I have read 80% of missing data in a single variable and understand the approach for dealing with missing data which simply cannot exist for 1 variable.

I am trying to generalise this up to 2 or more variables, where different subsets of the sample will have different sets of variables in which data can exist. For simplicity, I started with 2 variables, of which there are four subsets of the population:

  1. The subset where both variables can exist
  2. The subset where the first variable can exist
  3. The subset where the second variable can exist
  4. The subset where neither variable can exist

My first thought was to simply create:

a) one dummy variable for whether variable 1 is missing or not missing

b) one dummy variable for whether variable 2 is missing or not missing

On paper, this seems to make sense: I obtain four different intercepts for the four subsets. However, I am worried about what happens when I impute values of 0 for the missing values for the 2 variables. More specifically, it is going to adjust the correlation between the 2 variables and therefore adjust the parameter estimates.

Is there a way to overcome this or wiil I simply need to run separate regressions for scenarios involving 2 or more variables where missing data simply cannot exist?

  • 1
    $\begingroup$ Why not simply use multiple imputation? $\endgroup$ Commented Jan 29, 2016 at 7:54

2 Answers 2


For sources, I'd suggest Missing Data Problem in Machine Learning, by Benjamin M. Merlin (Thesis), or Statistical Analysis with Missing Data, by Roderick and Rubin. What you are explaining in your answer is similar to the augmented model.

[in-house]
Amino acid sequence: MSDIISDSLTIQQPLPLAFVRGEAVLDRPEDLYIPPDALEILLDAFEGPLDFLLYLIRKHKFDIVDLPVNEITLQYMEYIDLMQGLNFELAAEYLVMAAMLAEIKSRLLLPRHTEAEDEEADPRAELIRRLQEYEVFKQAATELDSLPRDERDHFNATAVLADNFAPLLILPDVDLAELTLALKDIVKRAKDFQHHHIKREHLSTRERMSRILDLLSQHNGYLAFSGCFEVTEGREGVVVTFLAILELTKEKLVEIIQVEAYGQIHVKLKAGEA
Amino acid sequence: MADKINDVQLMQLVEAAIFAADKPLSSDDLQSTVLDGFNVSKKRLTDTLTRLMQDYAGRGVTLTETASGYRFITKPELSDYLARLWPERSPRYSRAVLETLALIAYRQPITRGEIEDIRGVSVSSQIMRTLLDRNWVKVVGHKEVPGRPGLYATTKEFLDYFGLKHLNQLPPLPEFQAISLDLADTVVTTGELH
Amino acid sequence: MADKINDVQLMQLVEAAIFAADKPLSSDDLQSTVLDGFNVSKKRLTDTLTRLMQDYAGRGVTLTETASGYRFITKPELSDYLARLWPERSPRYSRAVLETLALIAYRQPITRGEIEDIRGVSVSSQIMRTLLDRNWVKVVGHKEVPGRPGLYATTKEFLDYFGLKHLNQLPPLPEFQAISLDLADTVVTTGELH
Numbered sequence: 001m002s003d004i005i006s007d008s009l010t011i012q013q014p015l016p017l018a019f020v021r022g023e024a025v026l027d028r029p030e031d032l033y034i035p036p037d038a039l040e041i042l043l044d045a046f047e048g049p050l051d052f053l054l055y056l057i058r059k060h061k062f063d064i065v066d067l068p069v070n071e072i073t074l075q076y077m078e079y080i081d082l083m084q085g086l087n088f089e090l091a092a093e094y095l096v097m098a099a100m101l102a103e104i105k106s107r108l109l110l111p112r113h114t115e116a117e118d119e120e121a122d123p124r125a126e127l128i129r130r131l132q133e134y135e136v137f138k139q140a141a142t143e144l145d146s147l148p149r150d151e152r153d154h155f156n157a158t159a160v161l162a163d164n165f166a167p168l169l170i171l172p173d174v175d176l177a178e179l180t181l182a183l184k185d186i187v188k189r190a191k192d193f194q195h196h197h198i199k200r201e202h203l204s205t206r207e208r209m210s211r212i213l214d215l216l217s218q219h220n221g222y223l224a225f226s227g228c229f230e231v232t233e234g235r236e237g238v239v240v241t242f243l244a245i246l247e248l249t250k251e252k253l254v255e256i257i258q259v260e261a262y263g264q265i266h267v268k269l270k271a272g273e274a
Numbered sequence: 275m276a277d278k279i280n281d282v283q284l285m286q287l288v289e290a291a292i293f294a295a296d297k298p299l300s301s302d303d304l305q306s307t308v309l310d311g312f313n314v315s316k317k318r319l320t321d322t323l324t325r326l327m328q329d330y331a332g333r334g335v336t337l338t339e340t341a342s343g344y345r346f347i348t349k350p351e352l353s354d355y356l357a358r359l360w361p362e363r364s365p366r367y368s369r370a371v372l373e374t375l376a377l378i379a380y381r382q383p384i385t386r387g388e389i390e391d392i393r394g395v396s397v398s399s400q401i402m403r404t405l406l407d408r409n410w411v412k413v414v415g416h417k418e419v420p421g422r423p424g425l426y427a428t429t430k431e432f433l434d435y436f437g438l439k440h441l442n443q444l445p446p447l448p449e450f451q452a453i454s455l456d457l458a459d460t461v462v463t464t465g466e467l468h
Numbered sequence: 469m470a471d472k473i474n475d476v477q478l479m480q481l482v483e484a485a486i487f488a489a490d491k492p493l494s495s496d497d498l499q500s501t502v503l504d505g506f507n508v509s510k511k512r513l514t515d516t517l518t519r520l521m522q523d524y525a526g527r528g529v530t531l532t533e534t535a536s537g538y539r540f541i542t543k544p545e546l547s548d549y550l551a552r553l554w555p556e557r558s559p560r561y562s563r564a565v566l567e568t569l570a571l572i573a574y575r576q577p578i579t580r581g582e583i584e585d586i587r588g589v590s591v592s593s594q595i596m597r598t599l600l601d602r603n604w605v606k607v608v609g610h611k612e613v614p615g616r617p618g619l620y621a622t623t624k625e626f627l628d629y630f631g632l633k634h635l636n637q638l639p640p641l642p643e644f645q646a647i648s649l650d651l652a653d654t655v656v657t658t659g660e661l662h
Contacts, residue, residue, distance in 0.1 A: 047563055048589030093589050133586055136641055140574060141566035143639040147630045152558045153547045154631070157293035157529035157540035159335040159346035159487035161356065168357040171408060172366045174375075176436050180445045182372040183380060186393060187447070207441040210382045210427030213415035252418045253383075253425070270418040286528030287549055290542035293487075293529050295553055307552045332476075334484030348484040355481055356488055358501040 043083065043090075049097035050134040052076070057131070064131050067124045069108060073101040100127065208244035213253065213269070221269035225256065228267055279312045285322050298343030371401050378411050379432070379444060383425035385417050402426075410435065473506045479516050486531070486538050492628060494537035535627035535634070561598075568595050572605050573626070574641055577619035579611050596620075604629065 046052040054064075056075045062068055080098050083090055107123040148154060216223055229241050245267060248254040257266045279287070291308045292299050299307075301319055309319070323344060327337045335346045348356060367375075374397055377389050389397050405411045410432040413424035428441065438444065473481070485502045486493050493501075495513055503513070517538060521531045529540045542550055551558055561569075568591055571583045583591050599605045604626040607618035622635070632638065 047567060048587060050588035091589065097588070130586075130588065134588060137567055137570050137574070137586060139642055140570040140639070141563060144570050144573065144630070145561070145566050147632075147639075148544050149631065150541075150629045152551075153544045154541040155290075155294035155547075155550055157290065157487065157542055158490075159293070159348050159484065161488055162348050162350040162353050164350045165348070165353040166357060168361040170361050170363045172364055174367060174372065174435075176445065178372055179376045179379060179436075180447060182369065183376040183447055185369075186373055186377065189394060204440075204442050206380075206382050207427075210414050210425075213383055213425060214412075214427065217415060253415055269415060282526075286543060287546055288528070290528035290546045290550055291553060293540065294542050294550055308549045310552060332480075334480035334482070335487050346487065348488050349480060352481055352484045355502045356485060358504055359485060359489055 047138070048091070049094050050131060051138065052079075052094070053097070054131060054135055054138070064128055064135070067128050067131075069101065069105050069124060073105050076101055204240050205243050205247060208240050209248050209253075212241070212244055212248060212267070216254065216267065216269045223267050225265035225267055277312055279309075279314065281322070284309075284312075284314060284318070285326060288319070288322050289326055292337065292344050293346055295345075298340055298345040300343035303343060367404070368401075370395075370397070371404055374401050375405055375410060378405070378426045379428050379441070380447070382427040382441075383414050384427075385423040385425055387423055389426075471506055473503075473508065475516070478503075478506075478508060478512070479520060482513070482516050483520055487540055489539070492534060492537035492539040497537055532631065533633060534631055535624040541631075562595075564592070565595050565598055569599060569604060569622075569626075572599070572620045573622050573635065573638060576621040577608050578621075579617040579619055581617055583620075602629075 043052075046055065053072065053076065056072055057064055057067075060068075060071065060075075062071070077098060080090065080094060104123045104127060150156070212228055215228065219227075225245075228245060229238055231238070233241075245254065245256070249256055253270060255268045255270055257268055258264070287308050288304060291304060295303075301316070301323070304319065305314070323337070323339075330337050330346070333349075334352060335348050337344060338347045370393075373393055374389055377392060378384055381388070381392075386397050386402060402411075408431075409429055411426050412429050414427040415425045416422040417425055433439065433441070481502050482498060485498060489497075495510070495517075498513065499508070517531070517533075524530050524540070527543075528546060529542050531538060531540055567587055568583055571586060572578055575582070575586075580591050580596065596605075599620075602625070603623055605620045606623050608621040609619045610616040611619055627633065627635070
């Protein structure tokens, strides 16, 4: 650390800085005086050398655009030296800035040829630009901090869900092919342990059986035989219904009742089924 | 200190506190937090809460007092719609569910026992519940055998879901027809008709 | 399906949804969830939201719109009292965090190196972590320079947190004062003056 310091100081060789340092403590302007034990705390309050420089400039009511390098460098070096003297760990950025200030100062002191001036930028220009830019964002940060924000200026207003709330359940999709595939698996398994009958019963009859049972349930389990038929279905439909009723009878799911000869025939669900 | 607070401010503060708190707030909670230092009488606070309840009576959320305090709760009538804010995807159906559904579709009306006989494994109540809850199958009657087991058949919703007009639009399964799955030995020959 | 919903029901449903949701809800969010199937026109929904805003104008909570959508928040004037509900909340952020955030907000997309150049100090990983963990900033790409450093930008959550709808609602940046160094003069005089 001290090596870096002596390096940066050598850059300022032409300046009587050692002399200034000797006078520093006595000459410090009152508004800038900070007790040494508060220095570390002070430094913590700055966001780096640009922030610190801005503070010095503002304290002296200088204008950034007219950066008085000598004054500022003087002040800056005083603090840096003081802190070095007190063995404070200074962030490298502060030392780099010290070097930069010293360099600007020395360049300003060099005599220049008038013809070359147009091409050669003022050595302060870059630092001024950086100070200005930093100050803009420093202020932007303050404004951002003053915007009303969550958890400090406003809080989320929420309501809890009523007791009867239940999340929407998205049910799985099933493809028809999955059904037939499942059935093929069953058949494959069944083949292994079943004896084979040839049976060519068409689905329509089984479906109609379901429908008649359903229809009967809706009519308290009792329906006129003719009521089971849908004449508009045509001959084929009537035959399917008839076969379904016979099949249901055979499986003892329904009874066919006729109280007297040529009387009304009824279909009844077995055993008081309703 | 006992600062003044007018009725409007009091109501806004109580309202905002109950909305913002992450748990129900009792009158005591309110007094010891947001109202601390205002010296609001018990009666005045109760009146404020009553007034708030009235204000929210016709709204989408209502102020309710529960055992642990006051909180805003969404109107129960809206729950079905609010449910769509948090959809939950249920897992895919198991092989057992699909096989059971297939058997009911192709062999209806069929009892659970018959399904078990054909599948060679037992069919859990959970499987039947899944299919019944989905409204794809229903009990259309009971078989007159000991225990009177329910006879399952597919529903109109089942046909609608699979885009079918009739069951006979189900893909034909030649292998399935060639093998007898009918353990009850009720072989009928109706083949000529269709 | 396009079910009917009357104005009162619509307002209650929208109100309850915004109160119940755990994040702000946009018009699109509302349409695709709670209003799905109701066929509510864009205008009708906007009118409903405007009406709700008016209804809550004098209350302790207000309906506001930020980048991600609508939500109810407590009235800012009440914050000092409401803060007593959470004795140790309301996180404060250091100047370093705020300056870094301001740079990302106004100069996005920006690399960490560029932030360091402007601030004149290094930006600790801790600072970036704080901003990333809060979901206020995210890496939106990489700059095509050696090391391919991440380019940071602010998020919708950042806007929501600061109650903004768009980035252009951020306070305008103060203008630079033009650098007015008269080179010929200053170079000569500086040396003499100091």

There are multiple approaches to deal with missing data, and as a quick look into it, the easiest ones to implement are

  • Multiple Mean Imputation: This works if the data is Missing At Random, i.e., the fact that the data is missing as no impact on the dependent variable, outside the fact that you do not know the value of the variable. The idea is to assign the mean of the variable to missing values, and add a random error to avoid having a big spike in the distribution. Do this multiple times to get different training sets, and average the models. Another technique that works in this context is matrix reconstruction.
  • Reduced Models: If the data is Not Missing At Random, you get into troubles with mean imputation. The idea of reduced models is to use multiple models for the different patterns of training data. In your case, you would train four models, $[x_1,x_2],[x_1,?],[?,x_2],[?,?]$. Note that when training $[?,x_2]$ you can use data that is valid from the $[x_1,x_2]$ pattern. The question of if you should will come from testing the resulting models. If you do not include other pattern and the dependent variable is dependent on the pattern, not including other data will improve the result. If the independent variable are missing based on their value, but the dependent variable does not depend on the "missingness", including more data should improve the results.
  • Augmented Models: This is the model you finally choose to implement: Set unknown values to $0$ and complement the model with $[0,1]$ variable to represent missingness of features. This works for some models, such as linear regression, where $0$ has a special meaning. This would probably work less well using trees or SVMs, but should still work using NeuralNets. This provides a way to compensate the intercept for different pattern types. This should work well in your case, but when a lot of features have missing values, and there are a lot of patterns with similarities, two patterns may need compensation in different ways, and some additional work may be required to properly identify patterns that are similar.